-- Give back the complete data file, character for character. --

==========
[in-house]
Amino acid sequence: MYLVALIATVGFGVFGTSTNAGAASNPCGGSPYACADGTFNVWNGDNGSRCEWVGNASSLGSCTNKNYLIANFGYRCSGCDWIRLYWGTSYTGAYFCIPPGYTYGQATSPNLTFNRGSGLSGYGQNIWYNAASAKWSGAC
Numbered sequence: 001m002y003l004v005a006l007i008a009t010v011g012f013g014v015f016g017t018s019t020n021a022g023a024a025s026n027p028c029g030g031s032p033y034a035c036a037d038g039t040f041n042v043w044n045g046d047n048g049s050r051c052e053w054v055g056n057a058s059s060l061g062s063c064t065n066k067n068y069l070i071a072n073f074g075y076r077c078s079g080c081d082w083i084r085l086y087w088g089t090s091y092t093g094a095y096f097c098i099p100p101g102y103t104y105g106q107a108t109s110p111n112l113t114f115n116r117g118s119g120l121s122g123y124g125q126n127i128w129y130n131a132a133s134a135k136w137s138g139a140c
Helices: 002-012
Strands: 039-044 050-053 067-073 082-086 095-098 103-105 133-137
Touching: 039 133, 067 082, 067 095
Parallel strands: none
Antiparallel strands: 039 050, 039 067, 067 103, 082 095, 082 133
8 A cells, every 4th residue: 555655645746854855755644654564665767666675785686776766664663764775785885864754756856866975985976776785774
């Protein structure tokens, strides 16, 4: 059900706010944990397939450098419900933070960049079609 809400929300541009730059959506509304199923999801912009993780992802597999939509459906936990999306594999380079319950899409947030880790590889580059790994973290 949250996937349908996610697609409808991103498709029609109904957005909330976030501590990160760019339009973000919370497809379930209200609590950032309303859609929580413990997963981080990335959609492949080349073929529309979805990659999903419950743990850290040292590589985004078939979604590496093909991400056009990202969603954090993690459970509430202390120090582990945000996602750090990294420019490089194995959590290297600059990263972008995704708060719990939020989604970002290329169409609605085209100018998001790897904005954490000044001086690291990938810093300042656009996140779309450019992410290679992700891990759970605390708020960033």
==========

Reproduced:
[in-house]
Amino acid sequence: MYLVALIATVGFGVFGTSTNAGAASNPCGGSPYACADGTFNVWNGDNGSRCEWVGNASSLGSCTNKNYLIANFGYRCSGCDWIRLYWGTSYTGAYFCIPPGYTYGQATSPNLTFNRGSGLSGYGQNIWYNAASAKWSGAC
Numbered sequence: 001m002y003l004v005a006l007i008a009t010v011g012f013g014v015f016g017t018s019t020n021a022g023a024a025s026n027p028c029g030g031s032p033y034a035c036a037d038g039t040f041n042v043w044n045g046d047n048g049s050r051c052e053w054v055g056n057a058s059s060l061g062s063c064t065n066k067n068y069l070i071a072n073f074g075y076r077c078s079g080c081d082w083i084r085l086y087w088g089t090s091y092t093g094a095y096f097c098i099p100p101g102y103t104y105g106q107a108t109s110p111n112l113t114f115n116r117g118s119g120l121s122g123y124g125q126n127i128w129y130n131a132a133s134a135k136w137s138g139a140c
Helices: 002-012
Strands: 039-044 050-053 067-073 082-086 095-098 103-105 133-137
Touching: 039 133, 067 082, 067 095
Parallel strands: none
Antiparallel strands: 039 050, 039 067, 067 103, 082 095, 082 133
8 A cells, every 4th residue: 555655645746854855755644654564665767666675785686776766664663764775785885864754756856866975985976776785774
């Protein structure tokens, strides 16, 4: 059900706010944990397939450098419900933070960049079609 809400929300541009730059959506509304199923999801912009993780992802597999939509459906936990999306594999380079319950899409947030880790590889580059790994973290 949250996937349908996610697609409808991103498709029609109904957005909330976030501590990160760019339009973000919370497809379930209200609590950032309303859609929580413990997963981080990335959609492949080349073929529309979805990659999903419950743990850290040292590589985004078939979604590496093909991400056009990202969603954090993690459970509430202390120090582990945000996602750090990294420019490089194995959590290297600059990263972008995704708060719990939020989604970002290329169409609605085209100018998001790897904005954490000044001086690291990938810093300042656009996140779309450019992410290679992700891990759970605390708020960033």